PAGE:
This is a tech tip that science says works. In fact, research shows that those who look at a phone or tablet in bed before falling asleep took on average 10 minutes longer to doze off compared to those reading normal print. Digital before dozing also decreases the production of Melatonin, a hormone that promotes deep sleep, and decreases the REM sleep stage that’s tied to your creative and problem-solving skills. Try setting an alarm right at bedtime and then turn off your devices. Let them charge and refresh, just like you should be doing overnight to get good rest.
- In fact, no screens in the bedroom at all.
Your bedroom should be a place for rest, not work or stress. Make your bedroom your sleep sanctuary—that means limiting light exposure from digital clocks, phones and TV screens. Trust us, there is nothing like a good solid night of sleep to leave you feeling ready for the day. (See more sleep tips here.)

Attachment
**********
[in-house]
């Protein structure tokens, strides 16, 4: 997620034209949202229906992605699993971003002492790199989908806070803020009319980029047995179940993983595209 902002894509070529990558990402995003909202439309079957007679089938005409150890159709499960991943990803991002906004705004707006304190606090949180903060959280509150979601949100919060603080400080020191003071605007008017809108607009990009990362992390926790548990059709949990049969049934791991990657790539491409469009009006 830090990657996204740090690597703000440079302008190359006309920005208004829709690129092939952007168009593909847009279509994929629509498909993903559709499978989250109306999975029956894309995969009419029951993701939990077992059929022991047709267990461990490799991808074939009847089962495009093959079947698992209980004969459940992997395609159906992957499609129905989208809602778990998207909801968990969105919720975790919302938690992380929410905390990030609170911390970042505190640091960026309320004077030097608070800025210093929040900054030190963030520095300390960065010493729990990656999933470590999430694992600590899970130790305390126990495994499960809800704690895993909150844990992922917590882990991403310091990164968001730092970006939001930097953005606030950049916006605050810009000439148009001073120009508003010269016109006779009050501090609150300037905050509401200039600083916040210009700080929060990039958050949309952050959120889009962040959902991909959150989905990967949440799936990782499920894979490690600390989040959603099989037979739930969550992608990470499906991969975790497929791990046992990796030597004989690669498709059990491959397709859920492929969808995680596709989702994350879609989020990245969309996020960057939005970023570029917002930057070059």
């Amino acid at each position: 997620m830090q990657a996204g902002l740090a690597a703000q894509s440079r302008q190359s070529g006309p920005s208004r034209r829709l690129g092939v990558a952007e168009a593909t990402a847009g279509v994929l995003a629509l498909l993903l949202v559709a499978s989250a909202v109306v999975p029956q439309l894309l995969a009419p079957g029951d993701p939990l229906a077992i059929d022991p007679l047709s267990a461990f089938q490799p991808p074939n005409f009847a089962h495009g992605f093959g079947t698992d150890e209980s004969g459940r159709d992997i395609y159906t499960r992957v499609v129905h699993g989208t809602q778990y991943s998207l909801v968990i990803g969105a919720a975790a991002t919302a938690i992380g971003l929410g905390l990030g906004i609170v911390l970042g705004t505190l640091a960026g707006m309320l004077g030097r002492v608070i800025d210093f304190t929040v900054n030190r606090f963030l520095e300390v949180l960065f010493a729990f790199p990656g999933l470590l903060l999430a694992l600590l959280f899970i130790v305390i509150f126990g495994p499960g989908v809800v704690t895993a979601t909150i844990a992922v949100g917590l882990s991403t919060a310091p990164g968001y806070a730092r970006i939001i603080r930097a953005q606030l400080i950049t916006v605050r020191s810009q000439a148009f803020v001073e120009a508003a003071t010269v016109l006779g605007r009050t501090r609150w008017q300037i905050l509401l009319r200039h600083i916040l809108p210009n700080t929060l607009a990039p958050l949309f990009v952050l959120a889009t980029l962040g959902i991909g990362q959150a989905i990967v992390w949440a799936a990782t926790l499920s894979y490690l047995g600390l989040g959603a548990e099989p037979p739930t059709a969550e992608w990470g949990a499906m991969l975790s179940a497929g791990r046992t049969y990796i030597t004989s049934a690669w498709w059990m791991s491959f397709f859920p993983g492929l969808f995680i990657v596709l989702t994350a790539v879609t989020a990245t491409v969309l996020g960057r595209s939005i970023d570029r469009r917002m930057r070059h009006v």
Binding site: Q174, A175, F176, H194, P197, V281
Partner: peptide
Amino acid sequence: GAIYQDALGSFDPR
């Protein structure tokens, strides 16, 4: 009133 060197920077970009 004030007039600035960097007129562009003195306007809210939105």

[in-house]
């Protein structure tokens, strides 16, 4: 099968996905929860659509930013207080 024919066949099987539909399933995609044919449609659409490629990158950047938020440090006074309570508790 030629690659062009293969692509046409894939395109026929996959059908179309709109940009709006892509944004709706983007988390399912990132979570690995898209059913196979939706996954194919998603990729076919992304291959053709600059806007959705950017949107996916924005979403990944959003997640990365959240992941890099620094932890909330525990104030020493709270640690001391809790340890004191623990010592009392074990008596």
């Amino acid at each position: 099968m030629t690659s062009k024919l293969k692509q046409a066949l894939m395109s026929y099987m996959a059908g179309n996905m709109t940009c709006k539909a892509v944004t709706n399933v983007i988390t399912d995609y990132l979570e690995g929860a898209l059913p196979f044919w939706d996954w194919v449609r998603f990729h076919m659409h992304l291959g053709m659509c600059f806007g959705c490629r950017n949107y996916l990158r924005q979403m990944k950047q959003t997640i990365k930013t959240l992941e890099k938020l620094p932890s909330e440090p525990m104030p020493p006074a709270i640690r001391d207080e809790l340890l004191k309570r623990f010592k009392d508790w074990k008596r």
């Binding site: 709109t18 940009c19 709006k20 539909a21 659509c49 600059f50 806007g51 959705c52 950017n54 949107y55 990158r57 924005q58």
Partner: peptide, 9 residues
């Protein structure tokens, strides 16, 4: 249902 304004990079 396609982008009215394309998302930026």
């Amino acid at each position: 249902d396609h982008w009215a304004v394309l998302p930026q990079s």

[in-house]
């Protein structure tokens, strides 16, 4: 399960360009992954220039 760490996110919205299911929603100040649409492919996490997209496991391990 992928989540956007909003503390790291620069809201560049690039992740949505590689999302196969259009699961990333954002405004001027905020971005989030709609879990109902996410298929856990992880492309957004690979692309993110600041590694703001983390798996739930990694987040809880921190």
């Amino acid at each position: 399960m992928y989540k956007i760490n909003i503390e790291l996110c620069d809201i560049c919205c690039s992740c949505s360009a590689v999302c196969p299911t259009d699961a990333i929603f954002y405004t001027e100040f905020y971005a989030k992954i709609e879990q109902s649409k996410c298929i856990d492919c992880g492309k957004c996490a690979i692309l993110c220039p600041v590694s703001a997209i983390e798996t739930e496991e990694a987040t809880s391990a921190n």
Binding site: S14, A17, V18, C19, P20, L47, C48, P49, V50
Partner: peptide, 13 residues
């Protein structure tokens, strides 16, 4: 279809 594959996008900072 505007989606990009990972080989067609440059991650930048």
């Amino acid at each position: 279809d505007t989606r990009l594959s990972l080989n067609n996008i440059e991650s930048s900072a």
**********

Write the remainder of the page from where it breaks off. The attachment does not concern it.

- Collect screens at mealtimes.
Is everyone at the dinner table scrolling through their phones instead of talking to each other? Remove the temptation by having a tech basket to drop phones or tablets in as mealtime starts. You could even create a charging station away from the table. Whether it’s a weekend brunch or a weekday evening meal, your meal guests will all be more engaged in quality conversation—and they may not even miss their phones.
- One screen at a time.
When you do need screen time for work or other important to-do’s like paying bills or shopping for essentials, experts say a good limit for your eyes and your brain is one screen only. Do you ever scroll social media sites on your phone while you’re watching TV? Try limiting yourself to one digital activity at a time.
- Remove digital distractions.
If you’ve committed to a non-digital activity like reading a paper book or magazine, playing a board game or cards or heading outside for an after-dinner walk, remove digital distractions. That means silencing or turning off your phone, closing the laptop screen and leaving the TV off. Instead, be present in the moment.
- Try an electronic fast.